Background/aims: A variety of techniques are employed for planing and scaling of the superficial root surfaces, of which hand and ultrasonic instrumentations have been preferentially used in routine periodontics clinics. This study was undertaken to compare the effectiveness of ultrasonic scalers and hand curettes in facilitating fibroblast attachment to the scaled root surfaces.
Materials and methods: Sixteen patients with periodontally involved teeth and nine subjects without periodontal diseases (control subjects) were selected. Two single-rooted teeth were extracted from each subject. Mesial and distal surfaces of teeth were selected in treated and untreated groups, respectively. The mesial surface of each tooth was randomly chosen to be treated either by hand curettes or ultrasonic instrumentation. The degree of cell attachment on the root surfaces of treated and untreated groups from control subjects and patients was then determined by the use of a gingival fibroblast line established and employed at early passages. The attachment and proliferation of gingival fibroblasts on the root surfaces were evaluated using neutral red assay and scanning electron microscopy (SEM).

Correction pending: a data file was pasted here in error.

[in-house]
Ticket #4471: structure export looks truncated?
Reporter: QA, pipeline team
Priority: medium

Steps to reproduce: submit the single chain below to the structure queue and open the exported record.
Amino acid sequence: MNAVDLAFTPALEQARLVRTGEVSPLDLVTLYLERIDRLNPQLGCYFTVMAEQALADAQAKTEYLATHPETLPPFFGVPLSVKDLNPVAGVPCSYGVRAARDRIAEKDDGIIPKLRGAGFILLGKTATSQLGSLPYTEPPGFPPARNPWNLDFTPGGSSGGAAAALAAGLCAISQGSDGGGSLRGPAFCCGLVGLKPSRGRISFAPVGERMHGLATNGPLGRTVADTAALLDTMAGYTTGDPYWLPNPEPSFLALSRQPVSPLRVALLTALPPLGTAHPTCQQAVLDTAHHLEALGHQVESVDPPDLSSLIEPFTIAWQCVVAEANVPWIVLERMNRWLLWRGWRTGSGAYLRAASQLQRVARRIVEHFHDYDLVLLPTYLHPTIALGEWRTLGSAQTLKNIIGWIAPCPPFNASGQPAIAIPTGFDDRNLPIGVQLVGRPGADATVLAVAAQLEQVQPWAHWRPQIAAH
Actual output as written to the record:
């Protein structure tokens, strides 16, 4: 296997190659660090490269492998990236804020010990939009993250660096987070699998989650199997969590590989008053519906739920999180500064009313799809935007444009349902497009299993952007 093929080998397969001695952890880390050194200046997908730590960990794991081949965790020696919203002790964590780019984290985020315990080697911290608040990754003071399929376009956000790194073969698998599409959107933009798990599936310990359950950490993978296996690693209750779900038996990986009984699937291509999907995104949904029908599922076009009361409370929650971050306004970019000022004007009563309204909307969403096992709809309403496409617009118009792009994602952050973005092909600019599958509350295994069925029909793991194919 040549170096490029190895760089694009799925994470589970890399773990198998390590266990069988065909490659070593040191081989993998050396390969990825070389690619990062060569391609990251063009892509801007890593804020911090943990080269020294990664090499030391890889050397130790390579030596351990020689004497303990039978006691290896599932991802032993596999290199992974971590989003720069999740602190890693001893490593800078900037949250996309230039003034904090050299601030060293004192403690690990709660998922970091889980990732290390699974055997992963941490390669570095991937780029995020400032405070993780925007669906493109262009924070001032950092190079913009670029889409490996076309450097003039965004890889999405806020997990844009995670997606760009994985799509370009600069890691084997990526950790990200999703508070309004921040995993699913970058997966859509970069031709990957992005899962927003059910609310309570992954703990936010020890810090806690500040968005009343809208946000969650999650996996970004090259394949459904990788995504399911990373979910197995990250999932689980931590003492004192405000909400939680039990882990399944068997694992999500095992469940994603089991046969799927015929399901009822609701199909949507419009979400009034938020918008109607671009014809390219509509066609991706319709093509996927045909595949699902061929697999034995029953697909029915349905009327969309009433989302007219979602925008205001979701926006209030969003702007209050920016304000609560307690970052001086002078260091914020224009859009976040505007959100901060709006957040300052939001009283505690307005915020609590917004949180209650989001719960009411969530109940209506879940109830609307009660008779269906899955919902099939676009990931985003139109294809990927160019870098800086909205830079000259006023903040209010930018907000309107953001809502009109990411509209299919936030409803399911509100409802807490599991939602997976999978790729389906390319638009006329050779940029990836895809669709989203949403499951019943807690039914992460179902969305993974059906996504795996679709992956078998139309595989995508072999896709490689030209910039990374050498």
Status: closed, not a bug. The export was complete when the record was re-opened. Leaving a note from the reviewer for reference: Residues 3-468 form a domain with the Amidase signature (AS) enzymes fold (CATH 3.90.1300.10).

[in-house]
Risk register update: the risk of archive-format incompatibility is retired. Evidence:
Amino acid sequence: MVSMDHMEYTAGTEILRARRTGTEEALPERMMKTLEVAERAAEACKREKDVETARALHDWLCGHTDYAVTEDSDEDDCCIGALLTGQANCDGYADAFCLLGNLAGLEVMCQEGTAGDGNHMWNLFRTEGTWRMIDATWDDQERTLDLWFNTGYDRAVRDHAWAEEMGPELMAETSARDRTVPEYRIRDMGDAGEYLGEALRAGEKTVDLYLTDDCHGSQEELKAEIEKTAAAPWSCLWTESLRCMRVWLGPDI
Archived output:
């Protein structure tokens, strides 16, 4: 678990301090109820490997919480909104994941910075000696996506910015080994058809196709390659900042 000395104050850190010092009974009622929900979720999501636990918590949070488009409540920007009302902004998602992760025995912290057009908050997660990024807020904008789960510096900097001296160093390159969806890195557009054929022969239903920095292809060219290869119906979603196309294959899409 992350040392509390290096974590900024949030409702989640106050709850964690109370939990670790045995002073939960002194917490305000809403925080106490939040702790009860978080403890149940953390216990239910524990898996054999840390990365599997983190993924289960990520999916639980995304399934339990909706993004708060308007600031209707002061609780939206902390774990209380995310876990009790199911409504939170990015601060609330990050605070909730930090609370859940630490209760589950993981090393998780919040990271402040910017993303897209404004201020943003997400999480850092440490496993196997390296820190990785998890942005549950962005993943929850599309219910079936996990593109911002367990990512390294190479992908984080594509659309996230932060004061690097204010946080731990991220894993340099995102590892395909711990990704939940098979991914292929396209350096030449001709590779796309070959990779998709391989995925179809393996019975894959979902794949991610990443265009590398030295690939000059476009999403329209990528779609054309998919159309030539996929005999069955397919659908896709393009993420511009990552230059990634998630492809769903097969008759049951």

Results: Fibroblast survival and proliferation on the surfaces of untreated periodontally involved roots were found to be significantly lower compared with control untreated surfaces (p<0.0001) or treated surfaces from patients (p<0.0001). No significant difference, however, was observed between root surfaces treated either by hand curettes or ultrasonic scalers.
Conclusion: These results indicate the beneficial effectiveness of both techniques in root treatment and planing.